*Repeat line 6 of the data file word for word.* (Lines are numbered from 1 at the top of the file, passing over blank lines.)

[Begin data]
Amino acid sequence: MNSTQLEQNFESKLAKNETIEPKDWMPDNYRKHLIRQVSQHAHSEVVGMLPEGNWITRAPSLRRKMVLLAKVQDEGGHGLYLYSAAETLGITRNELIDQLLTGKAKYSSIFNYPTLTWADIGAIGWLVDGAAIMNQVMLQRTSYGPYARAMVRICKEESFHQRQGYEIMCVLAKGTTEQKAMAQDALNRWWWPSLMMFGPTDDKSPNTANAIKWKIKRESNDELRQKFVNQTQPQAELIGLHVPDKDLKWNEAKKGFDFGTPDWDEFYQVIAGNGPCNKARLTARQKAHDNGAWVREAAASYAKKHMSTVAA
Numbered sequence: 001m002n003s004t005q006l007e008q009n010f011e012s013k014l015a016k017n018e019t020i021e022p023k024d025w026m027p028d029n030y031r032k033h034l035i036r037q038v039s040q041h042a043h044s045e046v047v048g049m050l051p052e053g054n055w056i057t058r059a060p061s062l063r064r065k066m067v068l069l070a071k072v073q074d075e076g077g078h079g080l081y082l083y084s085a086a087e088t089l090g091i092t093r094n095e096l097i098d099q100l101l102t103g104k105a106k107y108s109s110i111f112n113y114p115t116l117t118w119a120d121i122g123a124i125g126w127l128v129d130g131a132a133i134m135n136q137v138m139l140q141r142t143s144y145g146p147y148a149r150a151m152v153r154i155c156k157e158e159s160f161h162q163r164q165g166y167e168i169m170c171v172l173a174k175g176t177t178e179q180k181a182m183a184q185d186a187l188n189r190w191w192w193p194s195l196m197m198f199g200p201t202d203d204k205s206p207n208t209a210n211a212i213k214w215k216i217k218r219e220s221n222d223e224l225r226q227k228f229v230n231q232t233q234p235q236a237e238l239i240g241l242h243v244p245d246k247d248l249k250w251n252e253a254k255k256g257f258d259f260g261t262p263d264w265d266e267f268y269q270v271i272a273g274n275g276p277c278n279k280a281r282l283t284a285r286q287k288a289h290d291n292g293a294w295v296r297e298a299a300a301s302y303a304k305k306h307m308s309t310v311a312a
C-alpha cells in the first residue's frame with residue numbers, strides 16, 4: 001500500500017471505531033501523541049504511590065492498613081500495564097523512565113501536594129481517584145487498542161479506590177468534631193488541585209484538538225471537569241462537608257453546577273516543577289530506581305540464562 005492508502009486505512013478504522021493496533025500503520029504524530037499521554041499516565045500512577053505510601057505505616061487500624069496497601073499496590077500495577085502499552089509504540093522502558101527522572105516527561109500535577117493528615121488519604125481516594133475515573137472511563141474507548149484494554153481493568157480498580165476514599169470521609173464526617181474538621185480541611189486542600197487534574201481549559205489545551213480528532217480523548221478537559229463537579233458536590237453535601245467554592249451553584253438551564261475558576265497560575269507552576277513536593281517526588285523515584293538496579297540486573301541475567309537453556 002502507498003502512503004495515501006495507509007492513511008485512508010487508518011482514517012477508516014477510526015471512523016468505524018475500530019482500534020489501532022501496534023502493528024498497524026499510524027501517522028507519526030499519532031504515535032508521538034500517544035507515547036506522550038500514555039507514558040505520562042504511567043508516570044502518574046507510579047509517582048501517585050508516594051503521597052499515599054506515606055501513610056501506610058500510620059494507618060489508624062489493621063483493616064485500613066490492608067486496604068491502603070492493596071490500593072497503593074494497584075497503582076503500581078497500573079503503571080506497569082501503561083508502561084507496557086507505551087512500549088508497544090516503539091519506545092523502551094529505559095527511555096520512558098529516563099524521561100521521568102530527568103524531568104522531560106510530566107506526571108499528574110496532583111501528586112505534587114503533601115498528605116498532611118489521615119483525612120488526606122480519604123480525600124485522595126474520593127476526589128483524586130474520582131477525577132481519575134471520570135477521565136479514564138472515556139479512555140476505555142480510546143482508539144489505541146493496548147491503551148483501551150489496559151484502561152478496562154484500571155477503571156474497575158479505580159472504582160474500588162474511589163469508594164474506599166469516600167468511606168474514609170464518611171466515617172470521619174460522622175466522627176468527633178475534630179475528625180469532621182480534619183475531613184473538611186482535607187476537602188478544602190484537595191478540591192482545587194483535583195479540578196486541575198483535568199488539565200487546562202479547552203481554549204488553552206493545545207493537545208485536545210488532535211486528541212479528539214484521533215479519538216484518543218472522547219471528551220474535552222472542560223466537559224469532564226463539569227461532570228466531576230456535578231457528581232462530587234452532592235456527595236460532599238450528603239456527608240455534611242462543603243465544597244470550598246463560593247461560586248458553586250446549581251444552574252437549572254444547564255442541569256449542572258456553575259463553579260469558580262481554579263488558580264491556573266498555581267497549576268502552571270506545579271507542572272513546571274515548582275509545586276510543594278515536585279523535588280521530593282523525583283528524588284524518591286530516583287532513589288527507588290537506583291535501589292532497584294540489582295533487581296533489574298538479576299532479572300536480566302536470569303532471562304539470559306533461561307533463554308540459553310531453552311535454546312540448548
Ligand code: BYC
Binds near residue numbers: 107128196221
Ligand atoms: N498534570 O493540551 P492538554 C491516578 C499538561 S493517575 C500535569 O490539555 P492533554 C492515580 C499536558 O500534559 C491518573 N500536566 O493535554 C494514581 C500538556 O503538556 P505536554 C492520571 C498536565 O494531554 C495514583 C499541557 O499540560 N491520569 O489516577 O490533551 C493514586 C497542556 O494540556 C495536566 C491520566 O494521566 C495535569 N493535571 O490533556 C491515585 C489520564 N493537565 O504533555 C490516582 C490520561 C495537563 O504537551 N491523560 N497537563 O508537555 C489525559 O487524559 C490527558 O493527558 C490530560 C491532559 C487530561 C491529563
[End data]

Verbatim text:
Ligand atoms: N498534570 O493540551 P492538554 C491516578 C499538561 S493517575 C500535569 O490539555 P492533554 C492515580 C499536558 O500534559 C491518573 N500536566 O493535554 C494514581 C500538556 O503538556 P505536554 C492520571 C498536565 O494531554 C495514583 C499541557 O499540560 N491520569 O489516577 O490533551 C493514586 C497542556 O494540556 C495536566 C491520566 O494521566 C495535569 N493535571 O490533556 C491515585 C489520564 N493537565 O504533555 C490516582 C490520561 C495537563 O504537551 N491523560 N497537563 O508537555 C489525559 O487524559 C490527558 O493527558 C490530560 C491532559 C487530561 C491529563